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Poster presented at the 42nd Lunar and Planetary Science Conference by N. G. Moss, T. M. Harper, M. B. Motta, A. D. Epps

"While some candidate craters were observed that appeared in LROC data but not in Lunar Orbiter data, these were all very near the edge of discernable feature size and are almost certainly explained by various differences between the images (e.g. sun angle or viewing geometry). While our initial search did not find any discernable new cratering, we have shown that data from the original analog Lunar Orbiter tapes, as recovered by the Lunar Orbiter Image Recovery project, possesses the characteristics necessary to discern new craters at reasonably small sizes. If the entire Lunar Orbiter data set was recovered in this manner it may be possible for future researchers to apply automated methods to detect changes with much better chances of success."

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Poster presented at the 42nd Lunar and Planetary Science Conference by A. Epps, M. Sandler

"The goal of the Lunar Orbiter Image Recovery Project (LOIRP) is to digitize and archive the magnetic tape records generated by the five Lunar Orbiter spacecraft in the mid-1960s. The readout scanners utilized onboard the Lunar Orbiter spacecraft employed a phosphor-covered anode bombarded by an electron beam to focus a spot of light on 70mm film developed onboard the spacecraft. This light was modulated by the density of the image and read by a photomultiplier tube. Each individual pass of this scanning procedure across the 70mm film produced a thin strip of a larger image, referred to as a "framelet". The product of the spacecraft's readout system was a video waveform that was modulated and transmitted to three DSIF stations and recorded onto 2-inch magnetic tape via Ampex FR-900 data recorders. This document discusses the process by which these video signals were converted into digital images."

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A Study of the Value of Original Data Sources for Space Science Data - Poster presented at the 42nd Lunar and Planetary Science Conference by Dennis Wingo and Charles Byrne.

"In 1966-1967 NASA sent five spacecraft to the Moon to map potential landing areas for the Apollo program as well as for the first global map of a planetary body other than the Earth. Lunar Orbiter's I-III were in equatorial orbits with a periselene of ~44km and an aposelene of ~4000 km. Lunar Orbiter's IV-V were in polar orbits at various altitudes for global mapping and follow up on LO-I-II. Using a visible light 70mm film camera, each spacecraft took ~210 medium resolution and ~210 high resolution images. The original Lunar Orbiter analog tapes are in a remarkable state of preservation which has allowed a recovery of the data to the limit of the original film quality on the spacecraft. With modern software and computer methods, along with the preservation of the original data sources can allow future researchers to improve the quality of older data sets to provide new science from old sources. This "technoarcheology" represents a new resource for providing time based comparisons of planetary data."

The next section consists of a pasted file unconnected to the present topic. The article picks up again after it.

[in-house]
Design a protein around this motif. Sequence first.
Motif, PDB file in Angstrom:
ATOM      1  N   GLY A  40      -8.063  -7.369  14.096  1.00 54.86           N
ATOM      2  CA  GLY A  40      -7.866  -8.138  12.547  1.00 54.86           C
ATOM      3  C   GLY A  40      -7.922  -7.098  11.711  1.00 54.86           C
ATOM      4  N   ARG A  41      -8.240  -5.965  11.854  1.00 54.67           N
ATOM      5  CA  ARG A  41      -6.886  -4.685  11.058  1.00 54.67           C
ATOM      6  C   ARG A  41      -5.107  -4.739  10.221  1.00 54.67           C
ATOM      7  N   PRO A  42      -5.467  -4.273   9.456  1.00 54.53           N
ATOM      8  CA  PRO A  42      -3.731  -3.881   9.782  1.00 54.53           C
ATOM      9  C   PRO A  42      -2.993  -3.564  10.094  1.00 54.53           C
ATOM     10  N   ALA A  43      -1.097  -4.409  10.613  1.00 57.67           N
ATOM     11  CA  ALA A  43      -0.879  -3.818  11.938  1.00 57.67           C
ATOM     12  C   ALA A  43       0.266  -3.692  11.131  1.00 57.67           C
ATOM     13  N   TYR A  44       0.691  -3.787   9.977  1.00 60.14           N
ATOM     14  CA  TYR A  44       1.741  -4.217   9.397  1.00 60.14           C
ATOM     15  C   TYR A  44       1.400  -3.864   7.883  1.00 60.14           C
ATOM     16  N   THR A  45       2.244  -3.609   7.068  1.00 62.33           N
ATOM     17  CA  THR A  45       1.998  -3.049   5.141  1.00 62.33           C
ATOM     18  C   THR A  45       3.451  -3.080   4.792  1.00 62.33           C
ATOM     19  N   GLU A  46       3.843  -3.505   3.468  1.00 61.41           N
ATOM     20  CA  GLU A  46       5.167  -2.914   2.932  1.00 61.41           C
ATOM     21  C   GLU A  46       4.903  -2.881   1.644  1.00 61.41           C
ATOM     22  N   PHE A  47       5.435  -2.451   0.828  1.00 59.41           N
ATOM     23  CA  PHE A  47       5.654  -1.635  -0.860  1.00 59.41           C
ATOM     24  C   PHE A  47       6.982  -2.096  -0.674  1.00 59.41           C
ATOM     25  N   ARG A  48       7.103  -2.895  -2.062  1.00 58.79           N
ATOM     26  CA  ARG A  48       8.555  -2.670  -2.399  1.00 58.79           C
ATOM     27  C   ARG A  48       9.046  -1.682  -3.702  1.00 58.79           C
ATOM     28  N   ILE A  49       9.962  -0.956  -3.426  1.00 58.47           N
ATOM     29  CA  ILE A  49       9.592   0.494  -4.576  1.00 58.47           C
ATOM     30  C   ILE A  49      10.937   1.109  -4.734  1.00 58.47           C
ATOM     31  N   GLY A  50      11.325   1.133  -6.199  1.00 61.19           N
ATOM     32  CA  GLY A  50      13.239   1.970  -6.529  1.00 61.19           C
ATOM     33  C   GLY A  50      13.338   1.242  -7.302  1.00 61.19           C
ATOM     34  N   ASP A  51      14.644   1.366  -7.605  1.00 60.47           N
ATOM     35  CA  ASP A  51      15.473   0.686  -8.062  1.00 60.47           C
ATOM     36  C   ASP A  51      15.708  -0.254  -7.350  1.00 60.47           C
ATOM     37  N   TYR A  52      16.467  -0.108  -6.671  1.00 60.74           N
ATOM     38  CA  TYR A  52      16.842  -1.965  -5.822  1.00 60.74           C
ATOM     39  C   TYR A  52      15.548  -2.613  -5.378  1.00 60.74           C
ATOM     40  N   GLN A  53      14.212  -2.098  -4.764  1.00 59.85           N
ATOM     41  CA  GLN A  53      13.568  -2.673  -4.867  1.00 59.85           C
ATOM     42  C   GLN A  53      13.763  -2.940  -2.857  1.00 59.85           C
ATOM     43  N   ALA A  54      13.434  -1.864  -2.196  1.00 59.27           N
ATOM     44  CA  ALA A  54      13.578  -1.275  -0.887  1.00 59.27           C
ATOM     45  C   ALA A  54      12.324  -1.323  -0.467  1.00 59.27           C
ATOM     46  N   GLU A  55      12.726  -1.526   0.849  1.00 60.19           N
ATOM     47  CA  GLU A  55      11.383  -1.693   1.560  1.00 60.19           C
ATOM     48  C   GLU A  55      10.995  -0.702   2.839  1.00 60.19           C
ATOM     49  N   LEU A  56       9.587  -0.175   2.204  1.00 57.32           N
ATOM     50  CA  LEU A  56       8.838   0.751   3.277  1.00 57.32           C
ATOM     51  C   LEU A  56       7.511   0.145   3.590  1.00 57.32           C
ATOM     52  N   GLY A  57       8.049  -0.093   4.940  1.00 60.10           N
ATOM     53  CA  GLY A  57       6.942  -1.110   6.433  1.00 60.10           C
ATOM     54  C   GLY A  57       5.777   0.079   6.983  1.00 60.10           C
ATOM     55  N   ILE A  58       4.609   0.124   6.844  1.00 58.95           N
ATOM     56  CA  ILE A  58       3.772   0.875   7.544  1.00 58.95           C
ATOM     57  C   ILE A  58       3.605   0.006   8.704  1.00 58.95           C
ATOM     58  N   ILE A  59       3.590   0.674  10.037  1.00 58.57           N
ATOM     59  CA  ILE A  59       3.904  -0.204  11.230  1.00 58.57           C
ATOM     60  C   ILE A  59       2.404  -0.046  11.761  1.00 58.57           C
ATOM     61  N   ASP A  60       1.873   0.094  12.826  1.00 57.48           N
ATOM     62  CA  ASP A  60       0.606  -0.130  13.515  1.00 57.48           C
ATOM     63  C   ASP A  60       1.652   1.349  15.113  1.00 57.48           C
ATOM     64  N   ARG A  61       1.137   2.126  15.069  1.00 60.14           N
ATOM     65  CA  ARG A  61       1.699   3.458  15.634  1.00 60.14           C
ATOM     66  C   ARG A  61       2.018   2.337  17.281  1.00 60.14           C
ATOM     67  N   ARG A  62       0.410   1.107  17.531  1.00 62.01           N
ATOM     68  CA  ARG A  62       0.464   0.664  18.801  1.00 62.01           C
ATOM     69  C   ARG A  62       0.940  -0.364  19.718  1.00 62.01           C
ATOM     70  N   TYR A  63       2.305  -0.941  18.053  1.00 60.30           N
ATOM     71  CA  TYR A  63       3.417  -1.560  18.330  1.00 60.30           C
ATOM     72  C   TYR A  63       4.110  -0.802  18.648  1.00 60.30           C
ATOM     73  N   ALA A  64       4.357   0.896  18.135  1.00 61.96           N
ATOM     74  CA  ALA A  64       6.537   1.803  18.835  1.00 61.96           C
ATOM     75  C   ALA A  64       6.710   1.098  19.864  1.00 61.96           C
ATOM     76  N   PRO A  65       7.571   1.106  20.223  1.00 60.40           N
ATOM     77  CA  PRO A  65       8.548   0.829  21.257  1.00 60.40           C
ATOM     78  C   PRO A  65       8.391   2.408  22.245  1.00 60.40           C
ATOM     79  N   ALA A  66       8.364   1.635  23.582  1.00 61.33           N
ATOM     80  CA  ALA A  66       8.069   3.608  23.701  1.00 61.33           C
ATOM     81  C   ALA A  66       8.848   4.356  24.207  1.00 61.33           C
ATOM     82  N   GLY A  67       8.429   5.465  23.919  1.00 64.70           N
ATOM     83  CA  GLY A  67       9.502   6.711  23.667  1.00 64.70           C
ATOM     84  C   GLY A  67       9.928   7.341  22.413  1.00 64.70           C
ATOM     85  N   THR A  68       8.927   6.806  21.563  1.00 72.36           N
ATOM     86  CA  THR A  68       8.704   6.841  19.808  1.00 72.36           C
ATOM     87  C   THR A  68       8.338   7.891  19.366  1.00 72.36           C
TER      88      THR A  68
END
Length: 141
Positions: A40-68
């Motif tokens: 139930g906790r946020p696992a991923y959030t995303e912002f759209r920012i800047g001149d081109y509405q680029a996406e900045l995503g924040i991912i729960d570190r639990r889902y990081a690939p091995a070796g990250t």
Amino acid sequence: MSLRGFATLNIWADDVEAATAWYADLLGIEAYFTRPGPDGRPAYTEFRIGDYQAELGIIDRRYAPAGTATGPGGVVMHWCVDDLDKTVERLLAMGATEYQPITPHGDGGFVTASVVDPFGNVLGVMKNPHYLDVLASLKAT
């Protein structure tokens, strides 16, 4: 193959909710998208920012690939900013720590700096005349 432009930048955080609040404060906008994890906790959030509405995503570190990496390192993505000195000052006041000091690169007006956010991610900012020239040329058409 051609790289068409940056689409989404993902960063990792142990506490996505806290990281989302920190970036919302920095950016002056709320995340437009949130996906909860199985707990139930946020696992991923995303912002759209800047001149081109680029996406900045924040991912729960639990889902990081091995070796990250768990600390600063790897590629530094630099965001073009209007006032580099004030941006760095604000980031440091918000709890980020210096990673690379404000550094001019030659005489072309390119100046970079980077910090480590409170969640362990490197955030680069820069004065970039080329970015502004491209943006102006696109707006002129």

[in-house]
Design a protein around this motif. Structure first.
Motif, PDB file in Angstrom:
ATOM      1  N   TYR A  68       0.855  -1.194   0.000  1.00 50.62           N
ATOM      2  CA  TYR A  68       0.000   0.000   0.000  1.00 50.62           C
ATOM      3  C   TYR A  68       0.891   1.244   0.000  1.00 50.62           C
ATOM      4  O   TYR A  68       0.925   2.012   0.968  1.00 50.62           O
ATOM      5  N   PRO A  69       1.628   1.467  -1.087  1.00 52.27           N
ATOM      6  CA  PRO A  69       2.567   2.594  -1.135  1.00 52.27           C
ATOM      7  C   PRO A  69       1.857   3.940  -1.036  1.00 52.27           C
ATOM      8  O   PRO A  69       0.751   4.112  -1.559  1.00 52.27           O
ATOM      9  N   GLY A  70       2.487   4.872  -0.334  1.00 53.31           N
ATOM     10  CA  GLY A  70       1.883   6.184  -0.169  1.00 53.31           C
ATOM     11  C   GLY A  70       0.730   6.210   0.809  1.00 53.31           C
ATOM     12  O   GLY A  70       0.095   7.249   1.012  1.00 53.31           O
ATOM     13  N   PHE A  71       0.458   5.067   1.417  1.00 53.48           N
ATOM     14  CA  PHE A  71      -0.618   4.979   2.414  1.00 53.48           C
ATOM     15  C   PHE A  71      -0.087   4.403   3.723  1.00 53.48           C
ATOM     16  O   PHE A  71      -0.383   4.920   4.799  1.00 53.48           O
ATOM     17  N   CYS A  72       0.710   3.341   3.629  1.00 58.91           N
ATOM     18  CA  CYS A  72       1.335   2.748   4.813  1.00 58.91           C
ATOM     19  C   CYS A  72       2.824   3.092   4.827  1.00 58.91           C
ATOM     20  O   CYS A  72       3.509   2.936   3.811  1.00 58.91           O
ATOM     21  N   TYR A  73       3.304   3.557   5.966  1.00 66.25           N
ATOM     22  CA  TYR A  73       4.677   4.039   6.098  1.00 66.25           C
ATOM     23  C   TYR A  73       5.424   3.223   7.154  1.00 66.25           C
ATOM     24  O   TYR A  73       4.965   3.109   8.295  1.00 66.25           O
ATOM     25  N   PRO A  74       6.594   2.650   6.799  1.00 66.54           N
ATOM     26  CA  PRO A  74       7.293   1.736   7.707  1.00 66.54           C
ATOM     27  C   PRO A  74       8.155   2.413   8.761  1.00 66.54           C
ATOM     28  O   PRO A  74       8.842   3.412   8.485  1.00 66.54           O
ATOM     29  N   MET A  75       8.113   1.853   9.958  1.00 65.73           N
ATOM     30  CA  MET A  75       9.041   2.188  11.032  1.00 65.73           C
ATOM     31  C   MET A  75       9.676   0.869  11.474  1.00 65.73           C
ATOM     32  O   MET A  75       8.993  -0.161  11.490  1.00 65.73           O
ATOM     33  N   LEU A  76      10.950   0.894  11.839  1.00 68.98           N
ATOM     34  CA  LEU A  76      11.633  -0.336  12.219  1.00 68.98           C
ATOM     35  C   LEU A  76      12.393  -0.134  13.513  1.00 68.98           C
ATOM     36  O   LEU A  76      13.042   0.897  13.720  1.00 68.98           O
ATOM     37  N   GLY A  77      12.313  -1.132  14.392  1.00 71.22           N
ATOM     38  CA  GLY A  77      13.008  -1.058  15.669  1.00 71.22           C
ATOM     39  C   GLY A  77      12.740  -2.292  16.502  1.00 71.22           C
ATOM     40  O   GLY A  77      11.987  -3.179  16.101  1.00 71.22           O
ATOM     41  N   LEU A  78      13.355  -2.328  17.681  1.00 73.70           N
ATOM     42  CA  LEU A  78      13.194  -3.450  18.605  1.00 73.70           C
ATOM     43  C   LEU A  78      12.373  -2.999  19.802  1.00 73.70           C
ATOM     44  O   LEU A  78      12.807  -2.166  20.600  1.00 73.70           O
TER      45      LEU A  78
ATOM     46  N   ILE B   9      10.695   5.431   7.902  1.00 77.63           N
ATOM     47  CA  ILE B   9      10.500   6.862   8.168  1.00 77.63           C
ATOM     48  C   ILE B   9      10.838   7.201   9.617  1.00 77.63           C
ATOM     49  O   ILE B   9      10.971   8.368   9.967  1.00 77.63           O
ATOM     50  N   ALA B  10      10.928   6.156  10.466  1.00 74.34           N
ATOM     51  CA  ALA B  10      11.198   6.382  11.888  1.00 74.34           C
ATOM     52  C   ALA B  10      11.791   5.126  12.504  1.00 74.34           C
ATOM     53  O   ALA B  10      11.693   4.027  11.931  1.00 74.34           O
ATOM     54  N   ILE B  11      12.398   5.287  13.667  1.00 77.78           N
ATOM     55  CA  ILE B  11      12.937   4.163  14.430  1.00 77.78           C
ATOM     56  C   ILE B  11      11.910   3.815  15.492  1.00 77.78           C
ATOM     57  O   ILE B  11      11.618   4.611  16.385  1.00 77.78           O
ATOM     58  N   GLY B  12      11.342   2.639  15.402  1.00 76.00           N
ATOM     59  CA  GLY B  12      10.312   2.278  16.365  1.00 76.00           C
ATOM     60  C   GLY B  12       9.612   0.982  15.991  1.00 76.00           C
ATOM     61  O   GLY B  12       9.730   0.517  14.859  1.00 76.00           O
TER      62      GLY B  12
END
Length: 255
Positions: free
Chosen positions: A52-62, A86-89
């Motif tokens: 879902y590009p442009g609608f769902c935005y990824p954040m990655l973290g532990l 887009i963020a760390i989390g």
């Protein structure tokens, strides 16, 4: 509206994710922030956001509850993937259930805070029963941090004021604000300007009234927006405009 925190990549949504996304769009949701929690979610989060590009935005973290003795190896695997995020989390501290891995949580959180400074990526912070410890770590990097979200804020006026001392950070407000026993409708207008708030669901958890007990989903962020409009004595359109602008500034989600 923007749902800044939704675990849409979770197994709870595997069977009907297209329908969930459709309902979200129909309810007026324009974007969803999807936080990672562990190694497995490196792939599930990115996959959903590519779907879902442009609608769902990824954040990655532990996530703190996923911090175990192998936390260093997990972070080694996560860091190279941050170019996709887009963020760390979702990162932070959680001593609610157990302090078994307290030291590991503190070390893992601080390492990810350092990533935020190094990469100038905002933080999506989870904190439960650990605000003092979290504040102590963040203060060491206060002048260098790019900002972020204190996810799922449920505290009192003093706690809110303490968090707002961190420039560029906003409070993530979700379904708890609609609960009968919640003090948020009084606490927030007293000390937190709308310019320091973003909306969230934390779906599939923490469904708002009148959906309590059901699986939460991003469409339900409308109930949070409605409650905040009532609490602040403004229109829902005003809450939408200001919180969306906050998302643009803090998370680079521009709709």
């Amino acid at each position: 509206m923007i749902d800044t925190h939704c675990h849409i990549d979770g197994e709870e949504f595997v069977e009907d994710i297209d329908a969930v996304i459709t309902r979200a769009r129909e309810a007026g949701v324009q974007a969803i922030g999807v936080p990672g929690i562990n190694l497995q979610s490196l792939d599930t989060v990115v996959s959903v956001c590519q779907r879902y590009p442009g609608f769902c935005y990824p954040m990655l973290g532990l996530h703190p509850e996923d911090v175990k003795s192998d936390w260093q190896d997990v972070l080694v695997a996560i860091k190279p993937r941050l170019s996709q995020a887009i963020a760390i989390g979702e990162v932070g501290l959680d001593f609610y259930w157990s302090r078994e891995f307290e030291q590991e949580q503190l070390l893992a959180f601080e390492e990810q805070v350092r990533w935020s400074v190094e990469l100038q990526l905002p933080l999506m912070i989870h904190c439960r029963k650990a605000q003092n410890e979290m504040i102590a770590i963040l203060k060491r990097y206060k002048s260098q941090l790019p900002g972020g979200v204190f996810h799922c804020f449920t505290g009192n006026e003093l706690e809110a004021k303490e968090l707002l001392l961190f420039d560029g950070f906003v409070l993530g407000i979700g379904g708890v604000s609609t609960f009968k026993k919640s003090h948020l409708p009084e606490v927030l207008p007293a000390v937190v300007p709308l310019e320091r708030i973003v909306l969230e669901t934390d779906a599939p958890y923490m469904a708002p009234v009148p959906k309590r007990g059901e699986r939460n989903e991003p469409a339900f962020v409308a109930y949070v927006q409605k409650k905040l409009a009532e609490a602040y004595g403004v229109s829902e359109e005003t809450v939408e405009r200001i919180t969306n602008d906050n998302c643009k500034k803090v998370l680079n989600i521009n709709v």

Figure 1: Lunar Orbiter II sub-frame 2070H2 superimposed on LROC NAC image M116154252LE.

N. G. Moss1 and T. M. Harper2, M. B. Motta3, A. Epps4
1LOIRP Project P.O. Box 375 Moffett Field, CA 94035, Neulynm-at-yahoo.com, 2 LOIRP Project P.O. Box 375 Moffett Field, CA 94035, travis.martin.harper-at-gmail.com. 3 LOIRP Project P.O. Box 375 Moffett Field, CA 94035. Mbmotta-at-yahoo.com., 4Skycorp, Building 596, NASA Ames Research Park, Moffett Field, CA 94035, Austin.epps-at-gmail.com

Submitted to 42nd Lunar and Planetary Science Conference.

Introduction: In 1966 and 1967 NASA sent five Lunar Orbiters to photograph nearly the full surface of the moon. Each orbiter launched took images of different areas of the moons surface, or very high resolution images corresponding to lower resolution images previously taken. Lunar Orbiter Image Recovery Project (LOIRP) is one of the several projects using these images for research. We are in possession of 1,478 2" original analog tapes from 3 Deep Space Network ground stations. We have taken hundreds of those analog tapes and converted them to digital form; with the majority of them being from Lunar Orbiter II which took images with .8 to 1 meter resolution.

Analysis of Lunar Orbiter Images Recovered From Analog Tape

D. R. Wingo1 and C. J. Byrne2, 1Skycorp Incorporated, P.O. Box 375 Moffett Field, CA, wingod-at-skycorpinc.com, charles.byrne-at-verizon.net

Submitted to 42nd Lunar and Planetary Science Conference

Introduction: The Lunar Orbiter Image Recovery Project (LOIRP) was founded in 2008 with funding from NASA ESMD to recover Lunar Orbiter images from the original 2" analog magnetic tapes that had been held in protective storage by the National Archives and NASA for 40 years. Of the three central questions that had to be answered for project success, (can the tape drives be brought back to life, are the tapes any good, what is the quality of the data the best available), the final question, whether or not the analog image data on the tapes was superior in quality to the existing film was the ultimate criterion for success.

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